Scientists make miniature 'wind farm' of nano-scale rotors
An array of molecular rotors mounted on a surface - resembling a microscopic wind farm - has been made by scientists in China. The research is a step towards integrating rotors into nanomachines that could function as power or propulsion systems.
The nanomachinery toolbox already contains propeller-shaped molecules: four bladed tetra-tert -butyl zinc phthalocyanine - (t-Bu)4-ZnPc. But trying to attach these molecules onto surfaces where they can spin freely has been difficult.
Now, chemists led by Hongjun Gao at the Chinese Academy of Sciences, Beijing, have found a way to attach thousands of rotors to a surface at the same time. Crucial to the process is a highly-polished gold surface, made of atoms arranged in a repeating ’herringbone’ pattern.
’The herringbone structure provides the surface with certain anchor points,’ explains Werner Hofer at the University of Liverpool, who collaborated on the project. Hofer notes that under very low temperatures, rotor molecules can self-assemble at these points on the apex of the V-shapes. ’But more importantly, the structure allows the rotors to attach slightly off-centre,’ he adds.
Each rotor has a zinc atom at its heart and this might be expected to be the site at which the rotor attaches to the surface. But instead, a nitrogen atom surrounding the metal core is favoured as the binding site - meaning that the metal core spins around the central axis as the blades turn.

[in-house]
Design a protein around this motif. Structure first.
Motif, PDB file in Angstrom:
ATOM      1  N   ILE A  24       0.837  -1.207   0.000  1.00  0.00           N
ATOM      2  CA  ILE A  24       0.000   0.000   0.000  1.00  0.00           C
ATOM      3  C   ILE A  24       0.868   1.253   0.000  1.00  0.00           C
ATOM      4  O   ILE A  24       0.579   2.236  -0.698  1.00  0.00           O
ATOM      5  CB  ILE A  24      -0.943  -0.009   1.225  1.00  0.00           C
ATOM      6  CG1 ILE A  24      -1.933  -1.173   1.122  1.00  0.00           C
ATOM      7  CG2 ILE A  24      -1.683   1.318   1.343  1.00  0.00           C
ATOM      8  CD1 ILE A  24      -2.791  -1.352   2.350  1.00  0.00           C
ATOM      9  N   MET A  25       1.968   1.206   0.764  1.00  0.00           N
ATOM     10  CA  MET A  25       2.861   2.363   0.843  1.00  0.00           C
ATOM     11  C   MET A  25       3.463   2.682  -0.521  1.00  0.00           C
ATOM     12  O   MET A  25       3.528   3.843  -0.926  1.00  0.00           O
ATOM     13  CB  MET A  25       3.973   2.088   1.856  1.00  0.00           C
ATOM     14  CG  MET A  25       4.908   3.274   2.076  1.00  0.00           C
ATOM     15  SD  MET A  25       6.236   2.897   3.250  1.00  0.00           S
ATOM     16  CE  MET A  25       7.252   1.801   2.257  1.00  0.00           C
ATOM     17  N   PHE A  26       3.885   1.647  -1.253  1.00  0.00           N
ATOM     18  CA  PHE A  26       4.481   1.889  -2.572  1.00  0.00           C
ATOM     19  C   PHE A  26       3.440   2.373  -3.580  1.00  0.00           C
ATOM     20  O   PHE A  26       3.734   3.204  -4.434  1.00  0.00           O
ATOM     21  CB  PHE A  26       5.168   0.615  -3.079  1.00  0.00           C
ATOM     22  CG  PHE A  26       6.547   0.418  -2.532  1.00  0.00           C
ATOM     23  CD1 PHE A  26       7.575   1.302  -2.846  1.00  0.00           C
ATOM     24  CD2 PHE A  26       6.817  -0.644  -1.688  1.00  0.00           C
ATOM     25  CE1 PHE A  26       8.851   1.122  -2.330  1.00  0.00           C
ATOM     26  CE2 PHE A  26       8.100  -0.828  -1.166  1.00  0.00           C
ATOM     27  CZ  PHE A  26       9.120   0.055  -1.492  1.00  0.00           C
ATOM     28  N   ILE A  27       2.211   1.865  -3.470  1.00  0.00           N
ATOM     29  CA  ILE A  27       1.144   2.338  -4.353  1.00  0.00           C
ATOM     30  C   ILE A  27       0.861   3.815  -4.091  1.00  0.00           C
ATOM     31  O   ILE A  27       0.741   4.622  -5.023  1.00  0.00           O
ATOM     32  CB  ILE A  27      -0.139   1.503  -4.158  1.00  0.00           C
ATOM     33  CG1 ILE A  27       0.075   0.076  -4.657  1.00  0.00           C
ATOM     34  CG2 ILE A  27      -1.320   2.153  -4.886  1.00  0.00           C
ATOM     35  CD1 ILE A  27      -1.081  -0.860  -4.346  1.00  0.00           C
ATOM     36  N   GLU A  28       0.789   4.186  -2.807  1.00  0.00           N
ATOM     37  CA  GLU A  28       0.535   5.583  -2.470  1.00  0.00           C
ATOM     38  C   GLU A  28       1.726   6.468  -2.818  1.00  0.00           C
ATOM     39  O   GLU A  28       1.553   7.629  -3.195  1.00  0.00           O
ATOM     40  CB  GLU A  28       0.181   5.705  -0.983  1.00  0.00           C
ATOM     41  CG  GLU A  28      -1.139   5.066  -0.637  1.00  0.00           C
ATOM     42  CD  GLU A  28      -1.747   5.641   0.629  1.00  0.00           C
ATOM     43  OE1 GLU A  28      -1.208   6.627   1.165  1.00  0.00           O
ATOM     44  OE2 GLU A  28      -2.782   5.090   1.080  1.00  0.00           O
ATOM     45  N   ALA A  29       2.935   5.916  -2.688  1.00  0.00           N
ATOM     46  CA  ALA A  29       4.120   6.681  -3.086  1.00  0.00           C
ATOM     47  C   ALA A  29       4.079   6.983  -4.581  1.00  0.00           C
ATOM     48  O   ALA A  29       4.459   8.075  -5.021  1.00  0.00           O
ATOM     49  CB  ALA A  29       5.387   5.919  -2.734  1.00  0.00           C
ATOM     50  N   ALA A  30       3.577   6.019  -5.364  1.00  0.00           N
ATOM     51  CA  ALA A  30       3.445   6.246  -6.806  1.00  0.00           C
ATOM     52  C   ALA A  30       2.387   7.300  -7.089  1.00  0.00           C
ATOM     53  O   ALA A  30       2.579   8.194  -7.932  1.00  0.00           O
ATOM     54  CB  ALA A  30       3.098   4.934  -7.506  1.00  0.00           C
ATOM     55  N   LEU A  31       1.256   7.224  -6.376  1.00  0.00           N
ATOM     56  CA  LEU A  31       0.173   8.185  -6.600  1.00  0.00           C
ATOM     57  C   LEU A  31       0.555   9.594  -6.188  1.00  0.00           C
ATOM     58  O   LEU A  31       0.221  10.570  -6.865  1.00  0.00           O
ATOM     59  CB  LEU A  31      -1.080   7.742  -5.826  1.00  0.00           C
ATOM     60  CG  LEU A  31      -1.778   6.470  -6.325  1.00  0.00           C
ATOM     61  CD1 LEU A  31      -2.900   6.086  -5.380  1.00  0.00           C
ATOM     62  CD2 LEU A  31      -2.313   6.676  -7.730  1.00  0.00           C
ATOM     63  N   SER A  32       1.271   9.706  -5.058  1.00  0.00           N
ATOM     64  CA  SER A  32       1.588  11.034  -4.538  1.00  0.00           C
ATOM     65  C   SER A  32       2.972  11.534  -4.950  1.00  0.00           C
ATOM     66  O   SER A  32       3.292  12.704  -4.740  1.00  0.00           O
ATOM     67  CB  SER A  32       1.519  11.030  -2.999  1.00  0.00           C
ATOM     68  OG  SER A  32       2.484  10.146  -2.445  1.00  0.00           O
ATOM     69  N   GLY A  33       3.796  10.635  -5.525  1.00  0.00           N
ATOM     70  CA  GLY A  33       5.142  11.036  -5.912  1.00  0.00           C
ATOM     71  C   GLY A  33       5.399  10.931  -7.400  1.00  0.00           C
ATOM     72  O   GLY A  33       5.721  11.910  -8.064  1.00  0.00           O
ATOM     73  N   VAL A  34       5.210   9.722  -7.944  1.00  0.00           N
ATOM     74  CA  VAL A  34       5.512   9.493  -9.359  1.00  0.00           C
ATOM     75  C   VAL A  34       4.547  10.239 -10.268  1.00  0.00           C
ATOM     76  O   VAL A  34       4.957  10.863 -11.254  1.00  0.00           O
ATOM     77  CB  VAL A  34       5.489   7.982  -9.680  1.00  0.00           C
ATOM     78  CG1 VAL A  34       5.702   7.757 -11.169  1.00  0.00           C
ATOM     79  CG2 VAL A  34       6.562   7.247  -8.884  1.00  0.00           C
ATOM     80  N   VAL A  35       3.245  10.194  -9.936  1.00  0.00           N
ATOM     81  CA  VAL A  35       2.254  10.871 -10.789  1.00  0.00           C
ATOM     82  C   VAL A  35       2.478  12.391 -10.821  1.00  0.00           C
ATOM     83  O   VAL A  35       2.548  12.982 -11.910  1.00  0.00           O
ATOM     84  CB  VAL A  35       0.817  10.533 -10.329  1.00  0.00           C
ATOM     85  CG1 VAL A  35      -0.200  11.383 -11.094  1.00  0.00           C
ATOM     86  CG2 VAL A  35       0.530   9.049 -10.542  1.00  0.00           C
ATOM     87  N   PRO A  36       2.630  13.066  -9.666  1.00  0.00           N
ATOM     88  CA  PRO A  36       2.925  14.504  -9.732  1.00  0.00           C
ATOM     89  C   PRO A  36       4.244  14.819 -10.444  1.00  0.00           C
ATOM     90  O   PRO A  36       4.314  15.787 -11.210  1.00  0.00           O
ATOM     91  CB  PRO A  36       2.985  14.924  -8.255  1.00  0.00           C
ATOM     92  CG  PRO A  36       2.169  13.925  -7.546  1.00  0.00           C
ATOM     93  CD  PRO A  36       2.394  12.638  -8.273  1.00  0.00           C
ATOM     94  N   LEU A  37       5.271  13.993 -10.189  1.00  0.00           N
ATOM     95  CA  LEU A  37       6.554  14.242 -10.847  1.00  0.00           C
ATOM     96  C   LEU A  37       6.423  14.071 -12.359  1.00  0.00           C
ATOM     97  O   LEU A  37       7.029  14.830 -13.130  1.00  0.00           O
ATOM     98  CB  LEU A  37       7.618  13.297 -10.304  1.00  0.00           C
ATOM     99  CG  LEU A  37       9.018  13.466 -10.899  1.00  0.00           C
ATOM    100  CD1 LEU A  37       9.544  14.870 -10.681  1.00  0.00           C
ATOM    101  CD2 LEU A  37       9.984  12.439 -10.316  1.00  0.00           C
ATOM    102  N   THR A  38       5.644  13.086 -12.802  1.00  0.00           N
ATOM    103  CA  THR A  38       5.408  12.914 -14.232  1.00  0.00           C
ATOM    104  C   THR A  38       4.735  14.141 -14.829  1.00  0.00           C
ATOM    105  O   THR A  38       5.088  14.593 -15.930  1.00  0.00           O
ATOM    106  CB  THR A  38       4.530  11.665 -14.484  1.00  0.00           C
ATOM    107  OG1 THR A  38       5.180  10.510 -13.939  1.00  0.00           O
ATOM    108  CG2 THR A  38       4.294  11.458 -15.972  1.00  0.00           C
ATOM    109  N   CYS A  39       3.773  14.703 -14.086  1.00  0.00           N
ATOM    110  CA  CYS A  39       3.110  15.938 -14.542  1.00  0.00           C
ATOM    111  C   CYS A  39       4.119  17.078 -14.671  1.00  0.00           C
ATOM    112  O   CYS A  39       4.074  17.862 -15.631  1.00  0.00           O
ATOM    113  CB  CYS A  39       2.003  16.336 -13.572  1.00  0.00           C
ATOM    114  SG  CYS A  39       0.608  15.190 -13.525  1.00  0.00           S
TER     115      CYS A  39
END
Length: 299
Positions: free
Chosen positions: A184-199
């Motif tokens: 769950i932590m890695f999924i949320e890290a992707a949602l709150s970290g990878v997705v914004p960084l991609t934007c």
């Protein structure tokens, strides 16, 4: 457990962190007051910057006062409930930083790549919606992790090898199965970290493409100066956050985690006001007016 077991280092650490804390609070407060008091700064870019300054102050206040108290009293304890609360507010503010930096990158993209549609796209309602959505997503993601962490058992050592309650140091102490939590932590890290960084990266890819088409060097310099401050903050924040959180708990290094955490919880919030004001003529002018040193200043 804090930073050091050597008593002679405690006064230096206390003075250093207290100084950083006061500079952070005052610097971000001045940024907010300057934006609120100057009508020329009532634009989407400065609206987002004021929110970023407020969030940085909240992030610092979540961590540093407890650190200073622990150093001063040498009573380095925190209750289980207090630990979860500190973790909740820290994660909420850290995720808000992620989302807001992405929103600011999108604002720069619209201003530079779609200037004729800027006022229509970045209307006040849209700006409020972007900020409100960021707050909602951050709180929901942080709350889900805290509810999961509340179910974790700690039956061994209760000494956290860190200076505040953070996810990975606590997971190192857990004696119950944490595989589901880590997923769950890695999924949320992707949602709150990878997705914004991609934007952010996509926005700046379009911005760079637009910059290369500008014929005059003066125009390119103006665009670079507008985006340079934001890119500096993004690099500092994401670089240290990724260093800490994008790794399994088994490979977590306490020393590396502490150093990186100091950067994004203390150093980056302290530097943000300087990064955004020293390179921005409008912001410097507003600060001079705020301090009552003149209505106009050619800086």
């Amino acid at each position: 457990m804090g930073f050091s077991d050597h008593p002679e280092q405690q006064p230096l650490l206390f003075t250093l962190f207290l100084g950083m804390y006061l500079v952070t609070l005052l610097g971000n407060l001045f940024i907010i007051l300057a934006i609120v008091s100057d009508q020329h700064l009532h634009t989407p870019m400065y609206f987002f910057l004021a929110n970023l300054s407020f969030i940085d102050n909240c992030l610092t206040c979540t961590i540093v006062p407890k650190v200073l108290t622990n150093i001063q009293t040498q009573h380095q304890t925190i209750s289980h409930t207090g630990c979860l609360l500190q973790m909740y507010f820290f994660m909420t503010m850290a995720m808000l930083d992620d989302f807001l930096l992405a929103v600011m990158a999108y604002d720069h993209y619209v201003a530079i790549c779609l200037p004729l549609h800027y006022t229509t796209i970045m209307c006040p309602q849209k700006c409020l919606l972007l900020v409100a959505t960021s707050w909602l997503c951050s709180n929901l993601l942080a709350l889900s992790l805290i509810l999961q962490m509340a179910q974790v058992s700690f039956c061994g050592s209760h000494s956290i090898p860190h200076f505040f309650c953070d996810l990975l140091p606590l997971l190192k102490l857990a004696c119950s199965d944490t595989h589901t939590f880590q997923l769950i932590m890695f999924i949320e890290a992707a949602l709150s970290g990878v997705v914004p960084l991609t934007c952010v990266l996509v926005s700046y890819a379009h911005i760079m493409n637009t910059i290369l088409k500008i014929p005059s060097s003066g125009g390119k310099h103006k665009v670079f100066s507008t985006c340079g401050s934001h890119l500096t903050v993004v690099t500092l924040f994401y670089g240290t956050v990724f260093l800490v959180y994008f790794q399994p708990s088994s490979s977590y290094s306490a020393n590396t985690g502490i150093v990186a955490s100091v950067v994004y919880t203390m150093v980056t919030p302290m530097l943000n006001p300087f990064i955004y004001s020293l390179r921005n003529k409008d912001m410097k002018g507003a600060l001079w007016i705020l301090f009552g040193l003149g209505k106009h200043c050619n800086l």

In theory, magnetic fields could be used to push the zinc around, driving the propeller and generating electricity. Alternatively, electrical current could be used to turn the propeller into a miniature motor.
’This is a cute piece of surface engineering at the nanoscale,’ says Geoff Thornton, head of the Nanoscience group at University College London. ’It is a proof-of-principle that molecular systems can be anchored onto a surface - so it is a good step forward.’
However, Thornton notes, the rotors are currently only stable at -196?C, the temperature of liquid nitrogen. ’The next step forward is to find a more robust assembly that might allow the system to be stable at room temperature,’ he says.
L Gao et al, Phys. Rev. Lett ., 2008, 101, 197209 (DOI: 10.1103/PhysRevLett.101.197209)
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